At the NW Church, we’re launching into a study of Jesus through the eyes of John, wondering how this “disciple whom Jesus loved” thought and felt about the Christ. Our understanding of Jesus shifts with maturity, with cultural change, and as we experience life with him, so our study of how the apostle with the most intimate relationship with Jesus finally came to understand him should be helpful, and I hope, life-changing.
In the process of scouting out some of the various cultural understandings of Jesus now at play in American Culture, I came across a thing I hadn’t seen before. The Brick Testament. Many of you may have seen this, but I haven’t. It’s an odd little thing, obviously aimed at young children, and I would love for my response to be “how cute” and what a great tool to teach some of the basic ideas of the Bible.
But that’s not really my response. Perhaps I’m showing a bit of cultural snobbery now, but it seems to stand as a perfect metaphor for the shallowness of culture. “Lego” are cool, no doubt. These toy plastic blocks are used by kids everywhere to build various delightful structures, and artists have proven that beautiful things–even art–can be created with Legos. But as a tool to illustrate a Bible that has been pared down to reductionist language, it strikes me as anything but transcendent. I know postmodern culture is comfortable with trivializing religious symbols and concepts–Jesus is my boyfriend t-shirts, bobblehead Jesus, Jesus as action figure–but I believe symbols and metaphors matter. They impact us as we internalize these ideas through physical means of art and product.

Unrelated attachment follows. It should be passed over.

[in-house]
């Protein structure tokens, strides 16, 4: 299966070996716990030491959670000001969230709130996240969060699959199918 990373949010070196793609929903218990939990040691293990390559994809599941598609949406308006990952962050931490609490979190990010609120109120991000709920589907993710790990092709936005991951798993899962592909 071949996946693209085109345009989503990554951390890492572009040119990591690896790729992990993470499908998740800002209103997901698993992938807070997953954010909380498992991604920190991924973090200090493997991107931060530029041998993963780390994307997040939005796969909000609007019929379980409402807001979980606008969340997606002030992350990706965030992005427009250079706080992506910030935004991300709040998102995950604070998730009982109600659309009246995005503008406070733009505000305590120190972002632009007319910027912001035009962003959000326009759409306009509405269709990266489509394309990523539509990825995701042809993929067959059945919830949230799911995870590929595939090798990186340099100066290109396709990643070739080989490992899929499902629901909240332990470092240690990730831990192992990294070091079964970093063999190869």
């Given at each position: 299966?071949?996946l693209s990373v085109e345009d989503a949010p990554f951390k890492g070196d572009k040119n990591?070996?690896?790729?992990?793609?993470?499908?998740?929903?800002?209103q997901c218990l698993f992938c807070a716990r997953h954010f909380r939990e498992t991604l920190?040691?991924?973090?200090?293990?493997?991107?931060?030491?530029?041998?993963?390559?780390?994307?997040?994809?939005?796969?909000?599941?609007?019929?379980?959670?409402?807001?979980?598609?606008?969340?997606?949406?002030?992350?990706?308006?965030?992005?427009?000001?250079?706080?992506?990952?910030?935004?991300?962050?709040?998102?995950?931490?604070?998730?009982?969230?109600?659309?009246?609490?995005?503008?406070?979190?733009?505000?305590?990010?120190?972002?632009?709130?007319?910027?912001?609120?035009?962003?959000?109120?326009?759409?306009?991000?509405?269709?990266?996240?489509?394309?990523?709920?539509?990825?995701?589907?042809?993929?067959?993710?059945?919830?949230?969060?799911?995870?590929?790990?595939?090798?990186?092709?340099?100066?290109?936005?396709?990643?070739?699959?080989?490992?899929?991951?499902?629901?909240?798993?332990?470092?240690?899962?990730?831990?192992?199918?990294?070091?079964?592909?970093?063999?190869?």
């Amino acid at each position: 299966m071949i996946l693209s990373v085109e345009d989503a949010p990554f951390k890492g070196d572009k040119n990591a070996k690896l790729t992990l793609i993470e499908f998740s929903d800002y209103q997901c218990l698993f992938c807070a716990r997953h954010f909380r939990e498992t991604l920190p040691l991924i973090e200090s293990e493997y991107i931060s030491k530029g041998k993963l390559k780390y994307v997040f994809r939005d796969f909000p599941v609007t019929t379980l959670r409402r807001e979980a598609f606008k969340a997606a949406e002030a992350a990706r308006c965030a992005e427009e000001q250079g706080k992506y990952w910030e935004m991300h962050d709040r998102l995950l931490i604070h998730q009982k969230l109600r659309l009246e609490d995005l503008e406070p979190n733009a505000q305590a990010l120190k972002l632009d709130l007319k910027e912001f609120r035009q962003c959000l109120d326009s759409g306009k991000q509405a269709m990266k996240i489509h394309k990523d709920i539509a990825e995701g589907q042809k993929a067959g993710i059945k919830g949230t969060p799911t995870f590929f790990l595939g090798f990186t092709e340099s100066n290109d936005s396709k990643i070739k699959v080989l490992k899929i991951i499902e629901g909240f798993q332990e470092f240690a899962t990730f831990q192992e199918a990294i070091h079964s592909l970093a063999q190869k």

How do you understand holiness if God is a lego? I don’t know that it can’t be done, and I have no doubt the Brick Testament has been used by many to introduce people to Jesus. But we treat Jesus’ teaching much like we treat a bucket of legos…if we don’t like the teaching, we just dismantle it, throw it back in the bucket, and shape the understanding, lego-like, as we choose. Maybe that’s too harsh, but again, how do you get to the mystery, the power, the holiness, the transcendence…with a Lego Christ?
Does the cultural trappings through Jesus is introduced make any difference?
Am I just being stuffy?